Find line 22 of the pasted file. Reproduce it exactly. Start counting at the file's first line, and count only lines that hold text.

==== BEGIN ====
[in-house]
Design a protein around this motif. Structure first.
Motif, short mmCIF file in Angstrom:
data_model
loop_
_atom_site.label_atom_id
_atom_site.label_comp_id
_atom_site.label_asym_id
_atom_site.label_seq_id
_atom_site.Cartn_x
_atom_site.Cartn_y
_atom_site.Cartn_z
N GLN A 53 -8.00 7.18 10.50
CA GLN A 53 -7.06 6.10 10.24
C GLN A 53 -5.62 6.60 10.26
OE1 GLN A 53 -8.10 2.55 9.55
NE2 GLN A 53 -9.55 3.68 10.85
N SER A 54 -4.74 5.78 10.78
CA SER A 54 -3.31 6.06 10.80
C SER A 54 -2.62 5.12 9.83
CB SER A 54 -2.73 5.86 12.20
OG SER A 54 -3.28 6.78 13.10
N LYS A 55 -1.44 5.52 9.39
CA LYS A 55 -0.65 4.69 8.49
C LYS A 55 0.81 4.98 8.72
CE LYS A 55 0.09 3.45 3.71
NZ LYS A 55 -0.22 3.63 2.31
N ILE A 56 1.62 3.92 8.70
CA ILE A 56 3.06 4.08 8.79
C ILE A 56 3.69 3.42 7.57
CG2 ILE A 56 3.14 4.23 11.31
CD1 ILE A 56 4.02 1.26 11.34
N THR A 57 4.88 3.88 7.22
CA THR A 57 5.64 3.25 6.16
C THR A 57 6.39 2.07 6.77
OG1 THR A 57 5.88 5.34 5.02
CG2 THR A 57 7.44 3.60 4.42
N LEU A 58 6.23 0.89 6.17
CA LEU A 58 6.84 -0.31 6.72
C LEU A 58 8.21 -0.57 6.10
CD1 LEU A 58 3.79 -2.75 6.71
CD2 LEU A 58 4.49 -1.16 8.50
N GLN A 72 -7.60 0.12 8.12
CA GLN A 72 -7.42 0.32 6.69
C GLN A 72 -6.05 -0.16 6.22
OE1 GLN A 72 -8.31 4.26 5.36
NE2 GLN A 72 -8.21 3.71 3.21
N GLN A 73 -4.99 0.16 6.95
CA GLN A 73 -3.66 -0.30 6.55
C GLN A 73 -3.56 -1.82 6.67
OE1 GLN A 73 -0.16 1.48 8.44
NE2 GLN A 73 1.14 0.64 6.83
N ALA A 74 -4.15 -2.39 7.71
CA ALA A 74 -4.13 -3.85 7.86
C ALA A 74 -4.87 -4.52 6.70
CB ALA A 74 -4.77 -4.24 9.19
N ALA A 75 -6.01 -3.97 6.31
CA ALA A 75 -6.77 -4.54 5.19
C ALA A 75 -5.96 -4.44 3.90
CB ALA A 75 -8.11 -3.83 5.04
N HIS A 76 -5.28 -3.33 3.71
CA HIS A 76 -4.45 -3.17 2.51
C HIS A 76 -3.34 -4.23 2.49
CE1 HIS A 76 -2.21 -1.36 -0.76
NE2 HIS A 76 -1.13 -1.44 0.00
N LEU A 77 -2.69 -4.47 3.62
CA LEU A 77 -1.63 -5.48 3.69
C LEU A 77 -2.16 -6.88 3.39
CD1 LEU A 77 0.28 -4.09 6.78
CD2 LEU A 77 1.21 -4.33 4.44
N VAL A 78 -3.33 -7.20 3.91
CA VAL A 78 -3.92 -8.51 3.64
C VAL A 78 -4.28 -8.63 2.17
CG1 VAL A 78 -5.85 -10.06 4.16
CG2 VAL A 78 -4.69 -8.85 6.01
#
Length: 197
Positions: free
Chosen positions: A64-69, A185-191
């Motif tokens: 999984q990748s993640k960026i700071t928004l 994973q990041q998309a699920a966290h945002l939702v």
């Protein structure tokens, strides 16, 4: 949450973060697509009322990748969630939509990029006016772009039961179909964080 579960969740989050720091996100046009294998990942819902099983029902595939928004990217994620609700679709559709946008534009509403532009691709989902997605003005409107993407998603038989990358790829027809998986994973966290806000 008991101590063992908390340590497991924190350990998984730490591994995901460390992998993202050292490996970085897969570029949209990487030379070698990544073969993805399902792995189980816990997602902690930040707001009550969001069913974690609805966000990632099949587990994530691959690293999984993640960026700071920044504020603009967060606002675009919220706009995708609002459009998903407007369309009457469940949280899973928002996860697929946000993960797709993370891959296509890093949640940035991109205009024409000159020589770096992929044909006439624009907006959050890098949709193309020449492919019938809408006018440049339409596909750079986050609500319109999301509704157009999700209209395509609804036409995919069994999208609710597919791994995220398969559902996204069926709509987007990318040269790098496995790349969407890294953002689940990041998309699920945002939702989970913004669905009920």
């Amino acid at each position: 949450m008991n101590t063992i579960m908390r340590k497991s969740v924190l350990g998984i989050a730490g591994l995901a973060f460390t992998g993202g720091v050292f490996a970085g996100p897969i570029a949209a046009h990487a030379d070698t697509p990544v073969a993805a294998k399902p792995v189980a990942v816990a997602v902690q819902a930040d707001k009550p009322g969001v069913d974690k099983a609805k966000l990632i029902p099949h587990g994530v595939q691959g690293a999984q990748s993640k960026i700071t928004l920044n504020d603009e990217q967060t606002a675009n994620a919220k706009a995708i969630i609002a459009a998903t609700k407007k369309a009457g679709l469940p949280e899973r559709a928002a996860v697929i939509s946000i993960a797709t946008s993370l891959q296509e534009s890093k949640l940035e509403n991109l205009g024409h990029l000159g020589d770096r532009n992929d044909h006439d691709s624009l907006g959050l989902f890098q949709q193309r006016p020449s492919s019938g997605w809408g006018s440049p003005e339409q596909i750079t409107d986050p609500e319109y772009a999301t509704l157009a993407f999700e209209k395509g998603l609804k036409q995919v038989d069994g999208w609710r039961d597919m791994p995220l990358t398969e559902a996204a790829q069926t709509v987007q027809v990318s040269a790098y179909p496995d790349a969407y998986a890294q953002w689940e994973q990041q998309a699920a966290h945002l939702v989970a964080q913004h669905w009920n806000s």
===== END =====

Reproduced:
OG SER A 54 -3.28 6.78 13.10